New Queens In New Hives

The queen bees have come – with more still coming.  The first queens have been placed in their hives (the splits I wrote about in the previous blog post), and are laying.  This post covers how I put them in and the result.

I should have taken a photo of one of the queens and her attendants in her box.  I got involved in my work and forgot to do that; so all these photos are from when I pulled the queen out.

My hives are all 10 frame hives.  To install the queen in her hive I pull out one frame and open up the area in the center of the hive.

Queen bee installation box in place

Workers check out empty queen box

 

 

 

 

 

 

 

 

 

 

I place the queen’s box with candy up and the net area on the queen box facing towards the front of the hive.

Queen honey bee transportation box after queen release

The queen has been released.

 

 

 

 

 

 

 

 

 

 

These queens came with candy plugs.  I drop a drop or three of water onto the candy to dissolve it a bit and give the workers a start on freeing their queen.

After 4 to 5 days, I went back to pull the boxes.

Worker bees and empty queen box

Worker Bee Checks Out the Empty Box

 

 

 

 

 

 

 

 

 

 

I’m pleased to say that all the queens were released and all had started to lay eggs.  One queen got a bit excited and layed two eggs in one cell and none in another cell.  No problems, it happens when they’re just out of the box.

Honeybee eggs in frame cells

Eggs – with a few misses

 

 

 

 

 

 

 

 

 

 

The empty queen transport boxes were pulled out, but before I could push the frames together and replace the frame I had pulled for space, the burr comb had to be replaced.  It is amazing how much comb the girls can build in four to five days.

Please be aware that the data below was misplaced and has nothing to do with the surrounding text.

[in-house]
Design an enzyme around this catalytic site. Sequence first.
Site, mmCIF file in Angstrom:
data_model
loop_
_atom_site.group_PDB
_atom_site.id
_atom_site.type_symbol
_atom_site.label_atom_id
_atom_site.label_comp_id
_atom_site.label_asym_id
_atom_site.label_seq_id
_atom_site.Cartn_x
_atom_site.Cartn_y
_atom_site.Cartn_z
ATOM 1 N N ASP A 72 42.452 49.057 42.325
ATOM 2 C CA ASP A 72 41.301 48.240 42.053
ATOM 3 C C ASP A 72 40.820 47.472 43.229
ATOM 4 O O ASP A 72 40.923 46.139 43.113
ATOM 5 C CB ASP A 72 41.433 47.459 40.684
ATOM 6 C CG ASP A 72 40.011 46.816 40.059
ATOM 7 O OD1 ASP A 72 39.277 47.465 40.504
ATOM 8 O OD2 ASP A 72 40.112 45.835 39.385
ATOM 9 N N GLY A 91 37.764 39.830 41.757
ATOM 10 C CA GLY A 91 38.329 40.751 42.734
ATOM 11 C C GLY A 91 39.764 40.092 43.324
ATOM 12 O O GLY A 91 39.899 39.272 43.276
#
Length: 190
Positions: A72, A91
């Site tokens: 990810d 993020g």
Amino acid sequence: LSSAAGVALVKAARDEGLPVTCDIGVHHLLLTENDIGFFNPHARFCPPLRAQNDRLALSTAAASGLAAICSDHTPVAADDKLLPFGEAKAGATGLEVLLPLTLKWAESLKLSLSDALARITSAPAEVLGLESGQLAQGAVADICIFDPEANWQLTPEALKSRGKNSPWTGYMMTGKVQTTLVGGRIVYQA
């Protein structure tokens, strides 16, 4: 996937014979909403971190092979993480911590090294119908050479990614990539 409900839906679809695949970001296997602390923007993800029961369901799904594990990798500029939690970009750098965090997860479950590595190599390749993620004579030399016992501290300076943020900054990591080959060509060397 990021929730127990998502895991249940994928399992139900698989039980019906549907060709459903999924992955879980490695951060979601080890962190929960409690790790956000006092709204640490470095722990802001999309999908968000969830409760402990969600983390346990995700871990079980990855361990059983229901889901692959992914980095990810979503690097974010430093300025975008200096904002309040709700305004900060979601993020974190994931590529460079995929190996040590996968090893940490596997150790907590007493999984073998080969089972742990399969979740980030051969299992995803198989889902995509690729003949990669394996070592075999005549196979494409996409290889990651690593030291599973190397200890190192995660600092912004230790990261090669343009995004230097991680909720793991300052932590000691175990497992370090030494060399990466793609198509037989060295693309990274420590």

Nine out of ten of these hives are doing fine.  The second boxes have been put on; honey, eggs, and larvae are in place.  One hive had queen failure.  They let her lay some eggs, then she either died of travel stress or the bees killed her.  I’ve some nice supercedure cells in that hive, so I will wait to see what the queens look like who emerge from them.  I would always prefer 10 out of 10 on queen success, but I’ll take 9 out of 10.

How goes your summer work in the bee yards?  Or how is the “winter’s coming” prep going down south?

About Bean

I am the beekeeper at Brookfield Farm Bees And Honey, near Maple Falls, Washington. My bees fly from naturally treated, antibiotic-free hives in the foothills of Mt. Baker (the second most glaciated volcano in Washington). I sell the raw honey my bees make, as well as honey produced by Washington beekeepers who are friends – the emphasis is on raw honey from naturally treated, antibiotic-free hives. I also make and sell Raw Honey Infusions (Ginger, Lavender, and Vanilla Bean; Raw Honey Infused Organic Vinegars; and Beeswas Salves. You can find me or my husband at Seattle’s Fremont Market and at Bellingham’s Farmers Market. When not with the bees, you’ll most likely meet me up some mountain trail, pinhole camera and digital camera slung over my shoulders, and my pack goats trailing behind me.

This entry was posted in Beekeeping, Uncategorized and tagged , , , , , , , , . Bookmark the permalink.

Leave a Reply

Your email address will not be published. Required fields are marked *